Issue #148 (Screencast tips, Media, Sass, jQuery)
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Generally speaking, I prefer written tutorials over video screencasts. But that being said, I think there are a number of things that can be done in a screencast to improve the learning experience for the user/viewer:
Get to the point quickly. Because a screencast feels like such a different environment, screencast authors tend to ramble a bit at the start (I'm probably guilty of this). Best to just get right to the point.
Screencasts are best served in bite-size pieces. I think a 5-10 minute screencast of a single tip is much more effective than a 30-60 minute one. And this forces the author to get right to the point too. If you do end up with a longer one, be sure to have a time-based table of contents so the viewer can jump to different spots.
Use a good mic and test to ensure the volume is good on playback. This might take some fiddling and will likely costs extra, but it's worth it. I have a Blue Snowball and it's great.
Use good screen recording software. There are lots of online options for doing quick screencasts, but nothing beats a native piece of software that lets you do edits, graphic overlays, and allows you to zoom to certain spots. Again, this tip will cost you, but I recommend Camtasia Studio or Screenflow.
Reduce "word whiskers". If you're in the habit of unconsciously adding a lot of "ums", "uhs", "likes" or other unwanted things in your speaking, here's a way to correct that. Normally when people say "um" (or similar), they're doing it because they're thinking of what to say next and trying to fill the space. Instead of filling that space with something audible, just breathe inwards. You'll still be filling the space in your own mind, but it will be silent, thus avoiding the awkwardness of repetitive speech whiskers.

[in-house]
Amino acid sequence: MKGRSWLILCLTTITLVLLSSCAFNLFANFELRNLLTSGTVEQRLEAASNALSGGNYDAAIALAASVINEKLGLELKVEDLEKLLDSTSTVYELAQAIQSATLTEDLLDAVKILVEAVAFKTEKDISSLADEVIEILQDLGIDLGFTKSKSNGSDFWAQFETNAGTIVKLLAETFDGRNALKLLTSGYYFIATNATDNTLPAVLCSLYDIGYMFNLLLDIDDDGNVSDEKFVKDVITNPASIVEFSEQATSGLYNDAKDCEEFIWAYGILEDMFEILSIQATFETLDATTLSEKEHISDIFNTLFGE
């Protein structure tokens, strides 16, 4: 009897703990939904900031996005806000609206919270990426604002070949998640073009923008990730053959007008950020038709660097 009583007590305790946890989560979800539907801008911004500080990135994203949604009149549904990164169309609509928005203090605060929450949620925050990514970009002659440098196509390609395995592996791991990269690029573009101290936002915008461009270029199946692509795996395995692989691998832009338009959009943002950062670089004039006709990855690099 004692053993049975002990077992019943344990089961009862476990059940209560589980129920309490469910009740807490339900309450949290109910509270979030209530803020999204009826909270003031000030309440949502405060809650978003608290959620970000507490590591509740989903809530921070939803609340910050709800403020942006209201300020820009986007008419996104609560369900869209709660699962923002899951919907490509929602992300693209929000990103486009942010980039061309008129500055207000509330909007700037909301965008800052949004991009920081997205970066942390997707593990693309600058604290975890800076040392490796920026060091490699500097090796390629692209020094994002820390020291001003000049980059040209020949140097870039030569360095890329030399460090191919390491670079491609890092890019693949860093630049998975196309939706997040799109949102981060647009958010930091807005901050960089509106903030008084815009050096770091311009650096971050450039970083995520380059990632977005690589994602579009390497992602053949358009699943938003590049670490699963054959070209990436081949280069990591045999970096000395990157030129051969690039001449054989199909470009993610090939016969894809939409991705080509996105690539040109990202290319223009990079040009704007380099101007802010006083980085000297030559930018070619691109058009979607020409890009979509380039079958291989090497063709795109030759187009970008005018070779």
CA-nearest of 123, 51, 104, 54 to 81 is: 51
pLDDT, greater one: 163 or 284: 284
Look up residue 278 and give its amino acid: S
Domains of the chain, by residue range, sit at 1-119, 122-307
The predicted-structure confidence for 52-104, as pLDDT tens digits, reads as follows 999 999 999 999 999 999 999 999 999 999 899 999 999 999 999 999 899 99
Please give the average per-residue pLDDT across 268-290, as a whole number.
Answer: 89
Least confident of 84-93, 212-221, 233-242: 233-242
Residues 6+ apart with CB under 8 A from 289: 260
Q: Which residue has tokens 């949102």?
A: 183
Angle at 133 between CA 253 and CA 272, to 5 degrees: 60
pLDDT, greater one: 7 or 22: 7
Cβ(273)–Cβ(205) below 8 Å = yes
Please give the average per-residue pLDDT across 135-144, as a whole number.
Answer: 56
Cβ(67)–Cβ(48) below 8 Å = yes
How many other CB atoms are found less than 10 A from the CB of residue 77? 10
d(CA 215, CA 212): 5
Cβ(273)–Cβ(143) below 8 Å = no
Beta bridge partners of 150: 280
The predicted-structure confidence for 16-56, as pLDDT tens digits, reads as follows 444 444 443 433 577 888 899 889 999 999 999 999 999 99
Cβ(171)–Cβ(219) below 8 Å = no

Keep your screen UI clutter-free. It's distracting if there are tons of windows, tabs, alerts, bookmarks, browser extensions, etc. open and visible during the screencast. So make sure to disable everything and have a clean UI inside any app you use during the screencast.
Don't read a script. Don't do your screencasts from a word-for-word manuscript. Instead, work from a point-form outline. This will force you to know the material well, to be yourself, and not to sound too wooden in your delivery.
Now on to this week's tools!
A simple online chart creation tool for creating embeddable, interactive, zoomable data charts.
"Re-encode jpeg images with no perceivable quality loss."
"Responsive, retina-compatible charts with just an img tag."
"Tiny JS library for beautiful drawing and handwriting on the HTML Canvas."
"allows you to create interactive maps. You can easily make your own map by adding points, lines, polygons or labels. Select from 20 different basemaps for background."
"A library intended for learning about how image processing works."
"State of the art in data viz, dashboards, and collaborative analysis."
"Display your currently playing Spotify song using Last.fm scrobbling."
An object-oriented API for business analytics powered by D3.js.
Sass and Preprocessor Tools
"Sass-based scaffolding for responsive typography."
Ionic Flat Colors
"SCSS with new options of flat colors for ionic components."
Semantic UI for Sass
"Sass-powered version of Semantic UI and ready to drop into Rails & Compass."
"A little script to convert less to sass files." Likely requires some manual works afterwards.
"Node library to fix your CSS code and make it compatible with all browsers."
"A Unit Testing Library for SASS written in Node."
"A Sass @mixin for creating traditional frame-based animations, especially with SVG."
"A parser for generating dynamic theme stylesheets from Sass."
A visual Sass color function builder.
"A jQuery plugin that makes long, unwieldy select boxes much more user-friendly."
"a jQuery plugin giving you the power to control CSS filters with HTML attributes." Also available in a non-library plugin.
jQuery Palette Color Picker
"Component to pick colors from a predefined / restricted palette."
Infinite AJAX Scroll
"A jQuery infinite scrolling plugin. It works by reading the next (and previous) links of your existing server-side pagination and load these pages via AJAX when the visitor scrolls to the end of the page."
"A lighter, faster slideshow plugin for jQuery."
"An image gallery plugin for jQuery. This plugin for jQuery will arrange your images to fit exactly within a container."
"A general purpose library for building credit card forms, validating inputs and formatting numbers."
A Tweet for Thought
John Allsopp's web dev axioms to live by. But as many point out in the discussion, it's not always that simple.
Suggestions / Corrections
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Before I Go...
This is neat: A metronome in Google search.
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